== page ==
Water Street in Naperville revives dormant block, 'blows away' expectations
Gathered Friday evening on what used to be the "other side of the river" -- the not-so-scenic side with a car wash and a gas pump and a lumber dealership -- more than 300 people in Naperville celebrated a development that has transformed the scene for decades to come.
The Water Street District was 10 years and $93 million in the making, with countless hours of public meetings, deliberation and construction along the way. But by Friday, the hospitality development on the southern shore of the DuPage River sparkled with the hotel, banquet center, restaurants, shops, boardwalk, parking and public art the city seemed to doubt it would ever truly see.
"It's blown away our expectations," said Jeff Prosapio, director of project management for Marquette Companies, which built the downtown's newest destination and transformed the 2.4 acres east of city hall.
The blue sky Friday was speckled with fluffy white clouds that served as the perfect backdrop for a new fountain, plaza, outdoor dining patios and Spanish steps leading down to the Riverwalk, where officials welcomed in their downtown's new look and feel.
"Welcome to wonderful Water Street," said developer Nick Ryan, CEO of Marquette Companies. "What a wonderful place to live, work and play we have created here together."
While full of praise for the district's present and future, officials didn't sugarcoat its past.
There was much public opposition and many questions about height, parking, shadows, money and a change in character of the downtown.
There were lengthy delays, caused by the recession and by repeated rounds of changes to the plans. First there were condos, then a Holiday Inn, and finally developers proposed what actually got built: a 158-room Hotel Indigo that incorporates elements of Naperville's history into its design.
Naperville Mayor Steve Chirico thanked the residents who supported public officials as they took "tough votes" in support of the hotel, shops and riverfront improvements.
"Six years ago when I heard about this development, I immediately bought in and said, 'I will advocate for this.' And I did," Chirico said. "I never, in my wildest imagination, would have thought it'd turn out as good as it did."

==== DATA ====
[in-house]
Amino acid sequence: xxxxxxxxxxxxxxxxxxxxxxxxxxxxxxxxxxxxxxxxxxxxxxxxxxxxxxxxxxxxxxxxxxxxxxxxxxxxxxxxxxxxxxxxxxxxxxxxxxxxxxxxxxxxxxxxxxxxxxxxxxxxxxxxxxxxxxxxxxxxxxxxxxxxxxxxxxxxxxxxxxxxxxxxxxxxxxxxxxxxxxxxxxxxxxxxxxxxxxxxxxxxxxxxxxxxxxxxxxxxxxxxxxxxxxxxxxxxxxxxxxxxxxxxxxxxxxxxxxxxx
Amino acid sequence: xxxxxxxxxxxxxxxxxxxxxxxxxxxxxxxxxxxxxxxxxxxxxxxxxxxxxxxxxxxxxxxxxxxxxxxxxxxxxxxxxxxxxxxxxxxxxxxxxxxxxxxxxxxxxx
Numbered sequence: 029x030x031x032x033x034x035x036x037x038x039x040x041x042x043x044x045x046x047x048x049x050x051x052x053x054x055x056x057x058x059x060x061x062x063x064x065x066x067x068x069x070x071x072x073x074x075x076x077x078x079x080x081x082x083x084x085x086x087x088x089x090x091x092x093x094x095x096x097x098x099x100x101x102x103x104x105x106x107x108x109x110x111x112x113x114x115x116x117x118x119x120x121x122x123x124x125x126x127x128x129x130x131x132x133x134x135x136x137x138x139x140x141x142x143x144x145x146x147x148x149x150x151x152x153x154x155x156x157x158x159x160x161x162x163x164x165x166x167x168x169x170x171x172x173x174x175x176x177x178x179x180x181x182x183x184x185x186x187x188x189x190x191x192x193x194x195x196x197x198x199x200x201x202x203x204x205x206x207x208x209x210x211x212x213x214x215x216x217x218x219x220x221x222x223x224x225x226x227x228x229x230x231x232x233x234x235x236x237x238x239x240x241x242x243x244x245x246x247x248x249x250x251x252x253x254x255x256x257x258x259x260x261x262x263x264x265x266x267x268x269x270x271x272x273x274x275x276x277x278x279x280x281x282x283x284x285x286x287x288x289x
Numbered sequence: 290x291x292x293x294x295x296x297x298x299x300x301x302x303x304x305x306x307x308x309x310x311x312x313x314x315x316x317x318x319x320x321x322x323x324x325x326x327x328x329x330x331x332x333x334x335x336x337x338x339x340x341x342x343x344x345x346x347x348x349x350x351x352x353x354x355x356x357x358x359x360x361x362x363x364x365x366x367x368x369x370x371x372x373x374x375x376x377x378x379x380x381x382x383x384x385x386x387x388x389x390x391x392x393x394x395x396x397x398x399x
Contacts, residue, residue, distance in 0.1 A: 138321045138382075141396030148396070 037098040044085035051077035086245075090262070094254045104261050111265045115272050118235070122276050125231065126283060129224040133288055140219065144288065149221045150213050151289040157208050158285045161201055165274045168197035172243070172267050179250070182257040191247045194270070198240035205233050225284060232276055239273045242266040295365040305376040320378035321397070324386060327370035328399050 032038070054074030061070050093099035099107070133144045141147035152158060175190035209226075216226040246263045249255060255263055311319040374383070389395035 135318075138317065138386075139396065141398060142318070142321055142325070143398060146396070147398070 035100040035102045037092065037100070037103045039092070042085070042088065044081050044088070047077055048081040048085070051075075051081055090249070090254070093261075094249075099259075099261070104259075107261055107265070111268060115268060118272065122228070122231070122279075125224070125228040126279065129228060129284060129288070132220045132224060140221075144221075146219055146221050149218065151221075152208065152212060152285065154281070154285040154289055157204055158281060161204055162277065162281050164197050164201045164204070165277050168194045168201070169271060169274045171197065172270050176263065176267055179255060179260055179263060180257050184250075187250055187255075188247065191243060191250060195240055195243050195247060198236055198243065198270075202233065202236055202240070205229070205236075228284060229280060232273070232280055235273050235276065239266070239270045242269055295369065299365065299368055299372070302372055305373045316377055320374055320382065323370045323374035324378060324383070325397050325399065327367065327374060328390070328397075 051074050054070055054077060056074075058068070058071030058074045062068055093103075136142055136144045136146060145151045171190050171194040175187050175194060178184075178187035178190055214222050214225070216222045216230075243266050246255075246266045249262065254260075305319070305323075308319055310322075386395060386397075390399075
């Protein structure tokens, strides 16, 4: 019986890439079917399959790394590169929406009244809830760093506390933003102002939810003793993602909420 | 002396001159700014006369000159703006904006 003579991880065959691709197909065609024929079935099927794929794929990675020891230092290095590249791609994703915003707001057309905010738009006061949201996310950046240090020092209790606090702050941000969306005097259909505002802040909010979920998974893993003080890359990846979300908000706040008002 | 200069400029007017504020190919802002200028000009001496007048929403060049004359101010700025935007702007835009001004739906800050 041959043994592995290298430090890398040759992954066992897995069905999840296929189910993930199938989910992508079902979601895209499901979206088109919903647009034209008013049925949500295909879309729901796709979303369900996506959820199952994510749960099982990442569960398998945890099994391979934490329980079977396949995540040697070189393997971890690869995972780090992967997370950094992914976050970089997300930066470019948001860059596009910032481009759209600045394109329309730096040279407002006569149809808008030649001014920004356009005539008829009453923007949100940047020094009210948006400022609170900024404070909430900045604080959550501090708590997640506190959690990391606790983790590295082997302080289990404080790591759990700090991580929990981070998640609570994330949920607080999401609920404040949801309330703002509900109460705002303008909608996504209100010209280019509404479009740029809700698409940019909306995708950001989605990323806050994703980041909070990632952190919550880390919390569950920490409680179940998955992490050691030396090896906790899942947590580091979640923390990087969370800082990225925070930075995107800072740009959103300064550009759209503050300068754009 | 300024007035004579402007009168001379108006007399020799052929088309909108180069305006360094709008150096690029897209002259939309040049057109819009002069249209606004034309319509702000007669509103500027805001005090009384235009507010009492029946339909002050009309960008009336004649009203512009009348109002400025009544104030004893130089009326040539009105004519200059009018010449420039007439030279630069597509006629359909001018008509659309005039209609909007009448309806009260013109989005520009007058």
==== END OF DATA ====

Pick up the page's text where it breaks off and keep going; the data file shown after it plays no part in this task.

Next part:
The new mixed-use destination, anchored by the hotel, has a busy wedding and banquet center called Elements and a second-story skybridge connecting rooms on both sides of the reconstructed Water Street. It has two restaurants, Blue Sushi Sake Grill and Sixty-Four -- A Wine Bar, and the clothing shop Southern Tide. It's added a 521-space garage to downtown parking options and it's got several more restaurants and shops, as well as eventually offices, yet to come.
Investors Peter Foyo and Dominic Imburgia, for whom the new plaza and fountain are named, told the crowd they were honored to put their money toward a project that created jobs in their hometown and beautified a public place for a bustling future.
"The hotel is really refreshing," Imburgia said. "We really needed one here downtown."
Public art at the Water Street District also was dedicated Friday, in the form of five porcelain murals called "Streaming History" that depict life as it used to be along the Water Street block, which many called an eyesore before it was redone.
"This is the epitome of what public art can do," said W. Brand Bobosky, chairman of the Century Walk Corp. public art group that took on "Streaming History" as its 48th piece. "Because this place was a mess."
In a murals by artist Debora Duran-Geiger, Naperville Mayor Emeritus George Pradel is seen washing his car in the river.
Pradel said by the looks of it, he'd never guess the new Water Street District was in Naperville. Not the Naperville where he grew up, seeing the strip of land south of the waterway remain relatively underused for decades upon decades.
"It's really changed here," he said, "since my time."